Looking for Medicaid Relief in All the Right Places
Thursday, Oct. 20, 3:30-5 p.m.
For years, states have been looking for ways to cut the costs of Medicaid programs. Recent increased enrollment, decreased state revenues and the loss of enhanced federal matching funds as all states face mandated program expansion in 2014 under recent federal health reform have exacerbated the pressure. While the federal government offers some suggestions for relief, many states are already tackling cost cutting in aggressive and innovative ways. This session will explore where federal Medicaid flexibility starts and stops for states, discuss states’ successes in instituting cost-saving measures and examine various federal proposals working to dramatically reshape Medicaid for states.
Health Insurance Specialist, Innovation Center on Medicare and Medicaid
U.S. Department of Health and Human Services
National Association of Medicaid Directors
Health Policy Advisor, Washington Gov. Chris Gregoire's Executvie Policy Office
James Johnston joined the Innovation Center at the U.S. Department of Health and Human Services in June 2011 to work on state engagement issues, after working for the state of Wisconsin for 26 years. Most recently he served as the CFO for the Wisconsin Medicaid program overseeing policy and rate development and overall Medicaid budget development and monitoring. Prior to that, he alternated between the leading the governor’s budget office health and insurance team and serving as policy bureau director for the Medicaid program. Mr. Johnston also served as the deputy state budget director for Wisconsin during Gov. McCallum’s administration, 2001 to 2003. James has graduate and undergraduate degrees from the University of Wisconsin-Madison.
Matt Salo was named the first executive director, and at the time, only staff member of the National Association of Medicaid Directors (NAMD) in February 2011. This was a bit of a homecoming, as his first real job out of college was working for the Medicaid Directors from 1994 to 1999.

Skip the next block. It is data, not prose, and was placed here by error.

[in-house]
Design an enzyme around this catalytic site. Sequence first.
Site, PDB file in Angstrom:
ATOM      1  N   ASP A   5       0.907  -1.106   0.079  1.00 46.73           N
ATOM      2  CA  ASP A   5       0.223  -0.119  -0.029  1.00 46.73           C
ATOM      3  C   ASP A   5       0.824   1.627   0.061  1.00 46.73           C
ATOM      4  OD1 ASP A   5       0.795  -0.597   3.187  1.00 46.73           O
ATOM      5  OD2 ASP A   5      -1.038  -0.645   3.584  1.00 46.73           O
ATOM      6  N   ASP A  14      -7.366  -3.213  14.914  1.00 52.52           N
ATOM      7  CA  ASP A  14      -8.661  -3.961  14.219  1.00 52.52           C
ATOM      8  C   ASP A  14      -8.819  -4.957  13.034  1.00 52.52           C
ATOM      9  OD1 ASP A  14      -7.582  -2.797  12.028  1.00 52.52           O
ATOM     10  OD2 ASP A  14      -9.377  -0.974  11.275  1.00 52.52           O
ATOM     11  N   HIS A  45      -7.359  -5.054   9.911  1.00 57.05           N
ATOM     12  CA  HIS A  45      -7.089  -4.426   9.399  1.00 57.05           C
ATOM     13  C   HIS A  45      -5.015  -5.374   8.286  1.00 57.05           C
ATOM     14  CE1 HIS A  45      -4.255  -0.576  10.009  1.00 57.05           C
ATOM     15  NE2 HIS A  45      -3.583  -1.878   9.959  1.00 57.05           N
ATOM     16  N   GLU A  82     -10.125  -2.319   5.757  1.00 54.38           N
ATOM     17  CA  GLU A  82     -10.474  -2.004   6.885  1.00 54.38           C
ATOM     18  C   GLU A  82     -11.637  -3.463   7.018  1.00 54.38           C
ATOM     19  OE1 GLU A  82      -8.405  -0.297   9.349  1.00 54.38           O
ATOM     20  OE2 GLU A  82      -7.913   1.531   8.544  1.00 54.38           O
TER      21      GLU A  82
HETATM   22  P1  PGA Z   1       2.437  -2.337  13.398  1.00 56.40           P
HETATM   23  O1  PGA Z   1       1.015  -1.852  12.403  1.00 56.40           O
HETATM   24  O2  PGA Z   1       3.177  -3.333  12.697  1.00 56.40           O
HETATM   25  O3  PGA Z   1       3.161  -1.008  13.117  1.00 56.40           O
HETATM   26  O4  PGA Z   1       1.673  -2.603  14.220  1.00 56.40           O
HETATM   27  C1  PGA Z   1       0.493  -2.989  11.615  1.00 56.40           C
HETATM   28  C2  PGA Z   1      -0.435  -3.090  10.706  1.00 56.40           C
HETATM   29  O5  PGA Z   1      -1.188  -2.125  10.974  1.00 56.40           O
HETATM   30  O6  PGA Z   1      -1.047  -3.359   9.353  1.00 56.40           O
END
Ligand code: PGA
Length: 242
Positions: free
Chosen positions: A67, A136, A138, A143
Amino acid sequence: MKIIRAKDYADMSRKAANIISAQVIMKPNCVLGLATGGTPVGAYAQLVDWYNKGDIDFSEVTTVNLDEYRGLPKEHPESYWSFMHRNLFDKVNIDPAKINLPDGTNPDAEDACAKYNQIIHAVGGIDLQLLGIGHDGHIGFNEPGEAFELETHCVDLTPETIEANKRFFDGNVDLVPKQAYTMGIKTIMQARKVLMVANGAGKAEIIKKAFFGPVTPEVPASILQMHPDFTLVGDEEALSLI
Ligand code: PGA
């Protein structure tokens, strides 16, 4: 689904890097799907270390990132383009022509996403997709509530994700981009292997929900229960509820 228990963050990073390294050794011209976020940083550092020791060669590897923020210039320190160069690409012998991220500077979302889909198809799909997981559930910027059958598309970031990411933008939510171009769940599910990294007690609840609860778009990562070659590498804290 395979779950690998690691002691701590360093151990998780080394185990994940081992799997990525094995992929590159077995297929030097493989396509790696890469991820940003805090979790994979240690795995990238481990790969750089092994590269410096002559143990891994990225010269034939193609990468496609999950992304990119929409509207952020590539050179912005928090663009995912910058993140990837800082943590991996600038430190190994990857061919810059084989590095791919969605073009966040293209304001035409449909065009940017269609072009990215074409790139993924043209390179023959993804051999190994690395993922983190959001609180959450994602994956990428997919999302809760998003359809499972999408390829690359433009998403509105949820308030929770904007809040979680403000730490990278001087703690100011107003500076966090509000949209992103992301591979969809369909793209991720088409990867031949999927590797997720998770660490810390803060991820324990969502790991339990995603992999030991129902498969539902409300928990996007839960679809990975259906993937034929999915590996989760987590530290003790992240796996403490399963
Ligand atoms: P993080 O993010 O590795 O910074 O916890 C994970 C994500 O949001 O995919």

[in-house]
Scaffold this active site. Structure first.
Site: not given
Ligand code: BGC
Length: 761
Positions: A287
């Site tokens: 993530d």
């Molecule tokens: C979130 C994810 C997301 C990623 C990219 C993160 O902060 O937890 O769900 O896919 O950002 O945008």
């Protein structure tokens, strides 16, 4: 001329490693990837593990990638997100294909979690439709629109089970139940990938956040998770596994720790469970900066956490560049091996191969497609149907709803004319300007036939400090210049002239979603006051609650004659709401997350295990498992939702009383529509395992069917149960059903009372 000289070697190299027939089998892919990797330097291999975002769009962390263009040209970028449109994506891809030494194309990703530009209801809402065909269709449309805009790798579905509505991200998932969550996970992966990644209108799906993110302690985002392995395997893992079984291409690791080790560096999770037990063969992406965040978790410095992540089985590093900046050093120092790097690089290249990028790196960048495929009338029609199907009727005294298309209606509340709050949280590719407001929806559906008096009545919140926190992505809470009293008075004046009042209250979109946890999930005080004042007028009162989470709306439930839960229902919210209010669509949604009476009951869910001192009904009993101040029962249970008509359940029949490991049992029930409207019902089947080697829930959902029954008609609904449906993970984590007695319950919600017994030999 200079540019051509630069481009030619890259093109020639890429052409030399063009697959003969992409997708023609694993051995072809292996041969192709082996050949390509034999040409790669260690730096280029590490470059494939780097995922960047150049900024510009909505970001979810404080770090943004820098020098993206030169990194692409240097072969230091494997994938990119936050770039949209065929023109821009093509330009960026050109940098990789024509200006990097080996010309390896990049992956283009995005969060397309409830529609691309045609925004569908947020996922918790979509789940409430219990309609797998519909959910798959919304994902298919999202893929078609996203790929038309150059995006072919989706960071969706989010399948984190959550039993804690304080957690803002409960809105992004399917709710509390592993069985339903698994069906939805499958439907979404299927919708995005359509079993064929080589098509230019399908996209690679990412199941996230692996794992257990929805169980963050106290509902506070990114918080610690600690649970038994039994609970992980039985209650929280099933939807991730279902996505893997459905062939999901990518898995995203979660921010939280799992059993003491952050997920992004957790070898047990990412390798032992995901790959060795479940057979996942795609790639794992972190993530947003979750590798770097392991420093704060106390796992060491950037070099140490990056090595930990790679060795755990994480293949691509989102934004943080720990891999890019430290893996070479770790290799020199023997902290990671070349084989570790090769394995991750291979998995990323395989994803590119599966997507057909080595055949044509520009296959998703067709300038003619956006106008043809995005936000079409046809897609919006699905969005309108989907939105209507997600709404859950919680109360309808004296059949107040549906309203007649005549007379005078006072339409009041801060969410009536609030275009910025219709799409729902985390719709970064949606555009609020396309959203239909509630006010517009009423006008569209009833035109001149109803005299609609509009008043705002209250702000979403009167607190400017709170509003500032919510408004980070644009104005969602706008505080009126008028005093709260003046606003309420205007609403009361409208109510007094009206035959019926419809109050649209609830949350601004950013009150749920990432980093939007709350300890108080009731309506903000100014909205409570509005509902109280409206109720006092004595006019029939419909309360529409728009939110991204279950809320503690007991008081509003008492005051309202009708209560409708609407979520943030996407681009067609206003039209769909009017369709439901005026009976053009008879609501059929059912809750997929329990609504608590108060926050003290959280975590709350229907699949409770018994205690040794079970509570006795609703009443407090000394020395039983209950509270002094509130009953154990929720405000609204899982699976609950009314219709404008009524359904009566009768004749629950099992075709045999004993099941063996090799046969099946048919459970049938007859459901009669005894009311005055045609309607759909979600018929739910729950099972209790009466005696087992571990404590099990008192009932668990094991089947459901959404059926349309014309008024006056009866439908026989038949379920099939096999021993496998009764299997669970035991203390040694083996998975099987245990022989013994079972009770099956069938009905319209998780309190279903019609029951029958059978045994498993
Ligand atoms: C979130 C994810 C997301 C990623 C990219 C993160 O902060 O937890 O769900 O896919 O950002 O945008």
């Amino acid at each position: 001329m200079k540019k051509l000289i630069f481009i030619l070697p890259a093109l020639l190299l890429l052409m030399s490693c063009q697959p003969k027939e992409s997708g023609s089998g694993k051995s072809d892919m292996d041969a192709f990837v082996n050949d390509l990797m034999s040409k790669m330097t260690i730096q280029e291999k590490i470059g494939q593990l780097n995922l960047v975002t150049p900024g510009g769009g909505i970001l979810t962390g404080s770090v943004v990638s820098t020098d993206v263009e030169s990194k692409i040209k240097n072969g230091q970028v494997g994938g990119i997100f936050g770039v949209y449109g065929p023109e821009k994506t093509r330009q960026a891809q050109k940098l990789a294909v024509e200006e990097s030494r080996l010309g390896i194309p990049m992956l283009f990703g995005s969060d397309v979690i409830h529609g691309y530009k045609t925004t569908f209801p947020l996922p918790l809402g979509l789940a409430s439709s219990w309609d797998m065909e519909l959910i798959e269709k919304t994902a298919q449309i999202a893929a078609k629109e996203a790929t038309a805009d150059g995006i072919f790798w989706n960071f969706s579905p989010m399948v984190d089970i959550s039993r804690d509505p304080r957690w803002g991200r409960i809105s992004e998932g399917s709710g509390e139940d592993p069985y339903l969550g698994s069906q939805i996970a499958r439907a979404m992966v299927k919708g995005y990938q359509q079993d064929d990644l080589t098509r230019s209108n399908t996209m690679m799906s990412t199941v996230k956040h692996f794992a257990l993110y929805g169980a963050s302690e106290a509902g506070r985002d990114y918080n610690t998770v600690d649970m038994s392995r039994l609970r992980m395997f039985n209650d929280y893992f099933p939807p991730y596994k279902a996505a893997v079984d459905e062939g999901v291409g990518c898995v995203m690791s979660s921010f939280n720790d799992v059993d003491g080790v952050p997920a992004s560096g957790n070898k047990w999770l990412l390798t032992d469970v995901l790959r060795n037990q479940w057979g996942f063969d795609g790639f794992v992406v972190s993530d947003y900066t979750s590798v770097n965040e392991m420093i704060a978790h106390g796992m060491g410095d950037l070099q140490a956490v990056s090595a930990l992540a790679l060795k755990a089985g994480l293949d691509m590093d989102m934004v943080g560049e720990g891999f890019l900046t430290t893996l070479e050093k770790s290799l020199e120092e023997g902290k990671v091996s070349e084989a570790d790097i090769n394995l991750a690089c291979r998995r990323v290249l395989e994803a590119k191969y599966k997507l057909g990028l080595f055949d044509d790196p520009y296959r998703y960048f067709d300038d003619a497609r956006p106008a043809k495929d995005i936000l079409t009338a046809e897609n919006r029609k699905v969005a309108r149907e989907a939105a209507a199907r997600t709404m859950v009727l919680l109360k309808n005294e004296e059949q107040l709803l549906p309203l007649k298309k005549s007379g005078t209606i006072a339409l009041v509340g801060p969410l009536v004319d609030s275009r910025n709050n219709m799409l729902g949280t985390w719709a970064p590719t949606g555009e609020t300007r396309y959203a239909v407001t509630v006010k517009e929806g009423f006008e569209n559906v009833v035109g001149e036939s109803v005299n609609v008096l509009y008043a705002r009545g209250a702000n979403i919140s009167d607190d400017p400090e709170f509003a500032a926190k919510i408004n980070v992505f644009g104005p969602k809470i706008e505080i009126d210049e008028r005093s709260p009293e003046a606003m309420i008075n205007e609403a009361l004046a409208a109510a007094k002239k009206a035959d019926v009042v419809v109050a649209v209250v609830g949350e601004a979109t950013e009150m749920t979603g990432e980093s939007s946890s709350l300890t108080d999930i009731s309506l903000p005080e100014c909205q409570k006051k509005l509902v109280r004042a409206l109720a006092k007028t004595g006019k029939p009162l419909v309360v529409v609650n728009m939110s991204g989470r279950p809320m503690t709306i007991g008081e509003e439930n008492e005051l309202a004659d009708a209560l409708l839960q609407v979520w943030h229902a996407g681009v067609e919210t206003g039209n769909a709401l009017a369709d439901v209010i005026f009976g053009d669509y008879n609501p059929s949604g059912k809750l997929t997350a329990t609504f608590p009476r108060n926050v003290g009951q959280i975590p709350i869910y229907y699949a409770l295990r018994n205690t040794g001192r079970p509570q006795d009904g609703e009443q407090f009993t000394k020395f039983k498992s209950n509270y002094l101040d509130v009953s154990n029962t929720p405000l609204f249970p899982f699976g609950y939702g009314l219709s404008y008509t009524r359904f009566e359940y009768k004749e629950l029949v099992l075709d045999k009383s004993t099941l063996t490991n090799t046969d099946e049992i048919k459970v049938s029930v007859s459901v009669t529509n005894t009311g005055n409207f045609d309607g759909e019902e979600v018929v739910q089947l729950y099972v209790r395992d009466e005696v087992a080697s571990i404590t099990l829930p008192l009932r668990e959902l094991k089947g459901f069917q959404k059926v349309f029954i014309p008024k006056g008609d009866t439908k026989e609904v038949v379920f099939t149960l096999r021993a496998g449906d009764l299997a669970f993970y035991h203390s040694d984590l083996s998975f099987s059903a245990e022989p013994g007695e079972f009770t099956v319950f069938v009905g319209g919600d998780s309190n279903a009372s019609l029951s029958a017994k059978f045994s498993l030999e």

Matt formerly spent 12 years at the National Governors Association, where he worked on the governors’ health care and human services reform agendas, and where he firmly believes he was responsible for securing the entire tobacco settlement for the states, getting more than $100 billion in state fiscal relief, and in modernizing the Medicaid program.
Matt taught high school for two years at T.C. Williams High in Alexandria, Va., which actually bears no resemblance to the school they profiled in the Disney movie, Remember the Titans. He holds a BA in Eastern Religious Studies from the University of Virginia, and is still trying to find ways to explain how that got him to where he is today.
Jonathan joined Washington Gov. Chris Gregoire’s Executive Policy Office as health policy advisor in January 2007, after serving on the Committee Services staff of the Washington state Senate for 18 years. Between 1988 and 1996, he was counsel to the Commerce and Labor Committee, with responsibility in the areas of labor relations and employment standards.
In 1996, he moved to the Health and Long-Term Care Committee, where he served as counsel and staff coordinator, with personal responsibility for issues related to health care financing, including insurance regulation and public program design.
In April 2010, Gov. Gregoire assigned him to coordinate Washington’s implementation of the federal Patient Protection and Affordable Care Act. Jonathan received his undergraduate degree in government from Georgetown University, and a law degree and master’s degree in public administration from the University of Washington.